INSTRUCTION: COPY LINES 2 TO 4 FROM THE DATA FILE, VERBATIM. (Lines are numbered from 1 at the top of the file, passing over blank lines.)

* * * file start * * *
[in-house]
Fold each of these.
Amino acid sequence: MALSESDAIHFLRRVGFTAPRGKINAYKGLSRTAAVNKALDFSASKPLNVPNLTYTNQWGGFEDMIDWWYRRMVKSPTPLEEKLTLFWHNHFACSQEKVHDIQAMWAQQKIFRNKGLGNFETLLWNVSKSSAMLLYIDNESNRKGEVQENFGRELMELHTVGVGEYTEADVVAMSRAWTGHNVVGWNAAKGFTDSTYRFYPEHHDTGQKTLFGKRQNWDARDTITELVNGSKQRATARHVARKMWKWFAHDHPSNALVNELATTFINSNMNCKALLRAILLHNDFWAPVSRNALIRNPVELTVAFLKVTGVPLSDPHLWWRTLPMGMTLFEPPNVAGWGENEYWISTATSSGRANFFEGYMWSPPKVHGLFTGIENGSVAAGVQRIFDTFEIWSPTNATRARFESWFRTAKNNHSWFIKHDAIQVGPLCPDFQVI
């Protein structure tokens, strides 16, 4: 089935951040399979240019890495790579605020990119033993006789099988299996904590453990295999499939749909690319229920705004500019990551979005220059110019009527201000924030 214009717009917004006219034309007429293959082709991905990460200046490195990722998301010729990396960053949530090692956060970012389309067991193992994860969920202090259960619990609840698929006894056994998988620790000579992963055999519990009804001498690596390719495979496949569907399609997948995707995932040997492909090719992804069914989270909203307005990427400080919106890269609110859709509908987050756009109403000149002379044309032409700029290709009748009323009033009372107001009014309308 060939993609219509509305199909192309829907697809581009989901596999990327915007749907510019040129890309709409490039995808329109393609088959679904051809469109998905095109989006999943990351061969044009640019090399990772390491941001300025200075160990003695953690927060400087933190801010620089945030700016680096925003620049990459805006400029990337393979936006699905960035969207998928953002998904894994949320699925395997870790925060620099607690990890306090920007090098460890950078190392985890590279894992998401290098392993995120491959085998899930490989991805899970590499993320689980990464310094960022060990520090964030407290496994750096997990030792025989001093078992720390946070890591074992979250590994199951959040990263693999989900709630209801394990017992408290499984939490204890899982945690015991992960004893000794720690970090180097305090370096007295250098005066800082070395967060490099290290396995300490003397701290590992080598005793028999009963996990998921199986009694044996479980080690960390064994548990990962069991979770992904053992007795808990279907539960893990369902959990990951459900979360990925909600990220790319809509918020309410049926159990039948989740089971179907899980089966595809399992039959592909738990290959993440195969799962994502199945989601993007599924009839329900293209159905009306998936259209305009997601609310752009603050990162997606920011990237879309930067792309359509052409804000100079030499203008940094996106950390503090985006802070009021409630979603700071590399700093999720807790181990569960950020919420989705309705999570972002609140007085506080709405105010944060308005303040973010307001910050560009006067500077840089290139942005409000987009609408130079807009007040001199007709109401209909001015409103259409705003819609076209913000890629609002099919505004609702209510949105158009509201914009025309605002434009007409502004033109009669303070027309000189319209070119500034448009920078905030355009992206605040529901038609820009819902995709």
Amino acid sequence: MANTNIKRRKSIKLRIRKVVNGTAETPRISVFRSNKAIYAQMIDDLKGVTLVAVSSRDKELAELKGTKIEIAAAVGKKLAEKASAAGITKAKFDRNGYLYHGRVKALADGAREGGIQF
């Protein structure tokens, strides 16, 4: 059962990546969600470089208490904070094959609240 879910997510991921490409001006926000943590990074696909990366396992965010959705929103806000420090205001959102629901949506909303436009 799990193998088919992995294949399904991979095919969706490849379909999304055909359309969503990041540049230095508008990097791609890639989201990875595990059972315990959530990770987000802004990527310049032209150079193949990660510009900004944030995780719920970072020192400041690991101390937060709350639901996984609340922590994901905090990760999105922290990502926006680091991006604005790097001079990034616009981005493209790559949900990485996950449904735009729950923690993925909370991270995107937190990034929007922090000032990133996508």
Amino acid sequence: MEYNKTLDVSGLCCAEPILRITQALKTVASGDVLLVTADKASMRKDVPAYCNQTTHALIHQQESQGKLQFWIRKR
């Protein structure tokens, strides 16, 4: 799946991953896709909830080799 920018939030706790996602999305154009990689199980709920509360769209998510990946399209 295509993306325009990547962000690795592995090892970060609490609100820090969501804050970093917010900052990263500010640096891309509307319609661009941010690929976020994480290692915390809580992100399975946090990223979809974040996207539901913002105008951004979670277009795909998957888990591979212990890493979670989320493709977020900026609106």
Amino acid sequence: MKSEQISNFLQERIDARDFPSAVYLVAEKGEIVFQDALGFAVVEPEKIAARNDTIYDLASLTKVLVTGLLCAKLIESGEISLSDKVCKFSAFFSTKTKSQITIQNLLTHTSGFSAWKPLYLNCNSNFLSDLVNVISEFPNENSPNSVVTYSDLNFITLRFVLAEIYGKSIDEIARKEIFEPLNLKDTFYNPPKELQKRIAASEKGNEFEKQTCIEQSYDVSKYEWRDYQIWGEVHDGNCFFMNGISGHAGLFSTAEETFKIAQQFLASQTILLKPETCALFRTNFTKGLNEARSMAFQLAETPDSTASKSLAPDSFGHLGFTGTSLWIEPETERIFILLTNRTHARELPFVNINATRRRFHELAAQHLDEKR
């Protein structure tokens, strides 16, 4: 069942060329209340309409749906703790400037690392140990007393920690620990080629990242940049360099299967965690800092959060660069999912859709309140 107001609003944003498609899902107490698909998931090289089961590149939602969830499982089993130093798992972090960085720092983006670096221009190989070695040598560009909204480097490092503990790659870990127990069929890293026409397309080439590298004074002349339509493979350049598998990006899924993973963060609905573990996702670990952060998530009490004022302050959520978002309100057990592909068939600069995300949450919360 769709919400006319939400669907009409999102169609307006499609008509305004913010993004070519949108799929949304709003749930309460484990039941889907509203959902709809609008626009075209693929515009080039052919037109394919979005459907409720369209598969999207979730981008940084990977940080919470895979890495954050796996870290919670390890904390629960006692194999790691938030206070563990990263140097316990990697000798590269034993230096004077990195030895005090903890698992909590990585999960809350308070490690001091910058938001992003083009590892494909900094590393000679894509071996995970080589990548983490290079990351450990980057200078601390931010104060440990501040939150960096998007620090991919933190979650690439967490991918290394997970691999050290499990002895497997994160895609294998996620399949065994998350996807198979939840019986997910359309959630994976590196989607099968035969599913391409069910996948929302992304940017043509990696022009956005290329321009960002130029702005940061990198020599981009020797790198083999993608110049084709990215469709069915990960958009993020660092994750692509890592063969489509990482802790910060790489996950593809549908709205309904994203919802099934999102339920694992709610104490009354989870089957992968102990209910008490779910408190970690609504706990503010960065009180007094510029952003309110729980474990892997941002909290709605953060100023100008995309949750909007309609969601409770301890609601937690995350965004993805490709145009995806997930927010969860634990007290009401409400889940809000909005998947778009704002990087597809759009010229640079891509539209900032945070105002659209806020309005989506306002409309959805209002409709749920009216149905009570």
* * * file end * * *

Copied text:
Fold each of these.
Amino acid sequence: MALSESDAIHFLRRVGFTAPRGKINAYKGLSRTAAVNKALDFSASKPLNVPNLTYTNQWGGFEDMIDWWYRRMVKSPTPLEEKLTLFWHNHFACSQEKVHDIQAMWAQQKIFRNKGLGNFETLLWNVSKSSAMLLYIDNESNRKGEVQENFGRELMELHTVGVGEYTEADVVAMSRAWTGHNVVGWNAAKGFTDSTYRFYPEHHDTGQKTLFGKRQNWDARDTITELVNGSKQRATARHVARKMWKWFAHDHPSNALVNELATTFINSNMNCKALLRAILLHNDFWAPVSRNALIRNPVELTVAFLKVTGVPLSDPHLWWRTLPMGMTLFEPPNVAGWGENEYWISTATSSGRANFFEGYMWSPPKVHGLFTGIENGSVAAGVQRIFDTFEIWSPTNATRARFESWFRTAKNNHSWFIKHDAIQVGPLCPDFQVI
């Protein structure tokens, strides 16, 4: 089935951040399979240019890495790579605020990119033993006789099988299996904590453990295999499939749909690319229920705004500019990551979005220059110019009527201000924030 214009717009917004006219034309007429293959082709991905990460200046490195990722998301010729990396960053949530090692956060970012389309067991193992994860969920202090259960619990609840698929006894056994998988620790000579992963055999519990009804001498690596390719495979496949569907399609997948995707995932040997492909090719992804069914989270909203307005990427400080919106890269609110859709509908987050756009109403000149002379044309032409700029290709009748009323009033009372107001009014309308 060939993609219509509305199909192309829907697809581009989901596999990327915007749907510019040129890309709409490039995808329109393609088959679904051809469109998905095109989006999943990351061969044009640019090399990772390491941001300025200075160990003695953690927060400087933190801010620089945030700016680096925003620049990459805006400029990337393979936006699905960035969207998928953002998904894994949320699925395997870790925060620099607690990890306090920007090098460890950078190392985890590279894992998401290098392993995120491959085998899930490989991805899970590499993320689980990464310094960022060990520090964030407290496994750096997990030792025989001093078992720390946070890591074992979250590994199951959040990263693999989900709630209801394990017992408290499984939490204890899982945690015991992960004893000794720690970090180097305090370096007295250098005066800082070395967060490099290290396995300490003397701290590992080598005793028999009963996990998921199986009694044996479980080690960390064994548990990962069991979770992904053992007795808990279907539960893990369902959990990951459900979360990925909600990220790319809509918020309410049926159990039948989740089971179907899980089966595809399992039959592909738990290959993440195969799962994502199945989601993007599924009839329900293209159905009306998936259209305009997601609310752009603050990162997606920011990237879309930067792309359509052409804000100079030499203008940094996106950390503090985006802070009021409630979603700071590399700093999720807790181990569960950020919420989705309705999570972002609140007085506080709405105010944060308005303040973010307001910050560009006067500077840089290139942005409000987009609408130079807009007040001199007709109401209909001015409103259409705003819609076209913000890629609002099919505004609702209510949105158009509201914009025309605002434009007409502004033109009669303070027309000189319209070119500034448009920078905030355009992206605040529901038609820009819902995709």